Change and the Power of Engagement
If there is one underlying message from both the recent election in Queensland and the rumblings surrounding a potential change of Prime Minister in Canberra it is that party powerbrokers believe that in both cases they have struggled to ‘sell their message”. But is that really the core of the issue? Could some of this pain be avoided through meaningful engagement and responding in real time to some of the challenges faced along the way?
I don’t for propose to be an expert in politics and I’m sure that with the reviews that will no doubt come, that in both cases, smart people will come up with an appropriate response. However, in our backyard we have been working with a number of organisations to combine the power of communications and engagement to help organisations make meaningful, long-term decisions.
What we have found is that when faced with a particularly challenging change people respond more positively through regular engagement and communication as opposed to simply being sold a concept. Stakeholders are looking for genuine information and the ability to make an informed decision. In a society that has a voracious appetite for information, slick communications is being met with an increasingly skeptical response.
So, what can be done to help both organisations and impacted parties manage change? Here a few key lessons learnt from our experiences:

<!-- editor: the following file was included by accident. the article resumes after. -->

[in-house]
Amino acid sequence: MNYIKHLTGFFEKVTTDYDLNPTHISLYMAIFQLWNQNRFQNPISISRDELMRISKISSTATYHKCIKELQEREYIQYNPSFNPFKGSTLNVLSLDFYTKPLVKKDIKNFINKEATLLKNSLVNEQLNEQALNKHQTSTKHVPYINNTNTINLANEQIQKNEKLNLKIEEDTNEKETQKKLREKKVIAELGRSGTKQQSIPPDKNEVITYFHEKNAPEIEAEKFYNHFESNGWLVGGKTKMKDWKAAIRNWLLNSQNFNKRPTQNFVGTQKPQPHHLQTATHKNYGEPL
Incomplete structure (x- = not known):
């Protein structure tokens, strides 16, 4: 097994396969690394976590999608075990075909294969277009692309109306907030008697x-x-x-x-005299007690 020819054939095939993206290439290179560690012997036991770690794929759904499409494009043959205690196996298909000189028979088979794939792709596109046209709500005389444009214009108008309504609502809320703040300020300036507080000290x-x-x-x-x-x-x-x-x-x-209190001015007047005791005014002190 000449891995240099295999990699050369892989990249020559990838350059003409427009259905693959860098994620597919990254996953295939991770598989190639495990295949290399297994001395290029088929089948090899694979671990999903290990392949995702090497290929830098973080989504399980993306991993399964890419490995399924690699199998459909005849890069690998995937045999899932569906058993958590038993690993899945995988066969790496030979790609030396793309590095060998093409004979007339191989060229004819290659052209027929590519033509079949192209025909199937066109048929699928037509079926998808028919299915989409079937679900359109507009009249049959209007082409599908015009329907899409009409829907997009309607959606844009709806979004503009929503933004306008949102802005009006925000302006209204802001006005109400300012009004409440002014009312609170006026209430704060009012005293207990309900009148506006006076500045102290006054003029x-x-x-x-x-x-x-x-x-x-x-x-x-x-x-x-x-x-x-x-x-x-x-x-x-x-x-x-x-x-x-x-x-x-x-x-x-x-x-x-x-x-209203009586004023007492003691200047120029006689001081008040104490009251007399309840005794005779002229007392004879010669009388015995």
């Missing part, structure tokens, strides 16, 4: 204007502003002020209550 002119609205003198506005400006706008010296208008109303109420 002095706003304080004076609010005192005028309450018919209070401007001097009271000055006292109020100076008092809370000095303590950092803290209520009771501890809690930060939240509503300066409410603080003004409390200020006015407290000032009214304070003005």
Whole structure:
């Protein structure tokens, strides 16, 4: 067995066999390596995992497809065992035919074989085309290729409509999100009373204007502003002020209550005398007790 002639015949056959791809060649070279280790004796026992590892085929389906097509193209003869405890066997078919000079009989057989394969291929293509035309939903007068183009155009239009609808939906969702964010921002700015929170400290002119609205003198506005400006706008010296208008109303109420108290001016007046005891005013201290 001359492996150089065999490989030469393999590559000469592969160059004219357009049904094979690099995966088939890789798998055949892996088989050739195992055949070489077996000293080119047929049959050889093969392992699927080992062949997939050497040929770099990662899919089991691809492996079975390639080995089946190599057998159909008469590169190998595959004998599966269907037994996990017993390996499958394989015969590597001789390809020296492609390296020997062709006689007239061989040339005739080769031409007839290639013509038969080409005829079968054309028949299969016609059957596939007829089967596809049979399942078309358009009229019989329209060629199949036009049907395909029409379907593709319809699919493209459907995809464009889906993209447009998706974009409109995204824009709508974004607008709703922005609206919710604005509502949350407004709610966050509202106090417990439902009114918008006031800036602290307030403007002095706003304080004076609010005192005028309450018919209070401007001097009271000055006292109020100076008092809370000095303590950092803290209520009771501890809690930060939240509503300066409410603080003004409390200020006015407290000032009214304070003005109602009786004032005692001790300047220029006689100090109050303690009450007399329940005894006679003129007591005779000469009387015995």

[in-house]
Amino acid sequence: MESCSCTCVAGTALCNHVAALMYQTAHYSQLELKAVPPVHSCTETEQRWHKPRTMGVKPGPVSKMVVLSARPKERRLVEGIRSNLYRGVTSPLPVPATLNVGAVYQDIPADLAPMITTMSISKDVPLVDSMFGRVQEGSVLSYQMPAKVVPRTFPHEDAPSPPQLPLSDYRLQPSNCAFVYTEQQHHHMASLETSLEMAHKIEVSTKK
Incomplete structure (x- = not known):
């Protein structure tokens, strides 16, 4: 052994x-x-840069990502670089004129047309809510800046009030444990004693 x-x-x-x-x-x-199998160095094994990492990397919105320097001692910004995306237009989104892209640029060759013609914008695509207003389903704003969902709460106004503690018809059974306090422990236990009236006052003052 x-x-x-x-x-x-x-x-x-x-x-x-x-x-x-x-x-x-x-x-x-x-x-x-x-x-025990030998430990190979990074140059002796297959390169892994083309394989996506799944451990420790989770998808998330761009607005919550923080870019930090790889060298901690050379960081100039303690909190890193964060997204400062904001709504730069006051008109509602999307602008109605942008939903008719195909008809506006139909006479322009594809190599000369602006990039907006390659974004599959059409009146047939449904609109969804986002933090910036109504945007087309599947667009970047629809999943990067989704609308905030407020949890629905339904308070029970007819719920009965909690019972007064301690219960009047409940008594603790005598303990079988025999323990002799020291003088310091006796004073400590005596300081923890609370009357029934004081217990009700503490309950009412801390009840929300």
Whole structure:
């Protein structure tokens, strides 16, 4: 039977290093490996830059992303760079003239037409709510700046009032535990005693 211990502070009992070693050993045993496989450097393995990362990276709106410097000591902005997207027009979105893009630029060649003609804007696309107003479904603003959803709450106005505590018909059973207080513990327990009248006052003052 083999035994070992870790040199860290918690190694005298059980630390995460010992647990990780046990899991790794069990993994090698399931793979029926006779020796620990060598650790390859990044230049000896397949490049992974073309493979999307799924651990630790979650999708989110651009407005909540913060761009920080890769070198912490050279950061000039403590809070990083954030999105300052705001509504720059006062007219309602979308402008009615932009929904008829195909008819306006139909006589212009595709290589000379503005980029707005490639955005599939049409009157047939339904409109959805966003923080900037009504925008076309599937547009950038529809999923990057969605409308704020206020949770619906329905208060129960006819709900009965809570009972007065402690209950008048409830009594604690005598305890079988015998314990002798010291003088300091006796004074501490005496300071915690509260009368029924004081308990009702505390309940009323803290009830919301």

- Clearly explain the drivers for action. Why does this need to happen and who will it benefit?
- Don’t underestimate your stakeholders desire for information and data. In the 24-hour news cycle there has been a clear move to short, sharp sound bites. While they have their place, they don’t need to be the be all and end all. Give people an opportunity to dig deeper if they want to.
- Engage as early as possible. Allow impacted parties the opportunity to gain a deep understanding of all the information being considered in decision-making.
- Engage with your stakeholders to confirm the accuracy of information. Don’t underestimate local knowledge, it may radically change the way you were approaching a challenge, it may even improve your decision making.
- Inform people as to how their input impacted your decisions and if not why.
With an increasing level of understanding of policy process, Australians are seeking greater transparency in many decisions that impact their lives. It seems the answer is to pair back the slick sales approach and go back to a process underpinned by clear communications and regular engagement.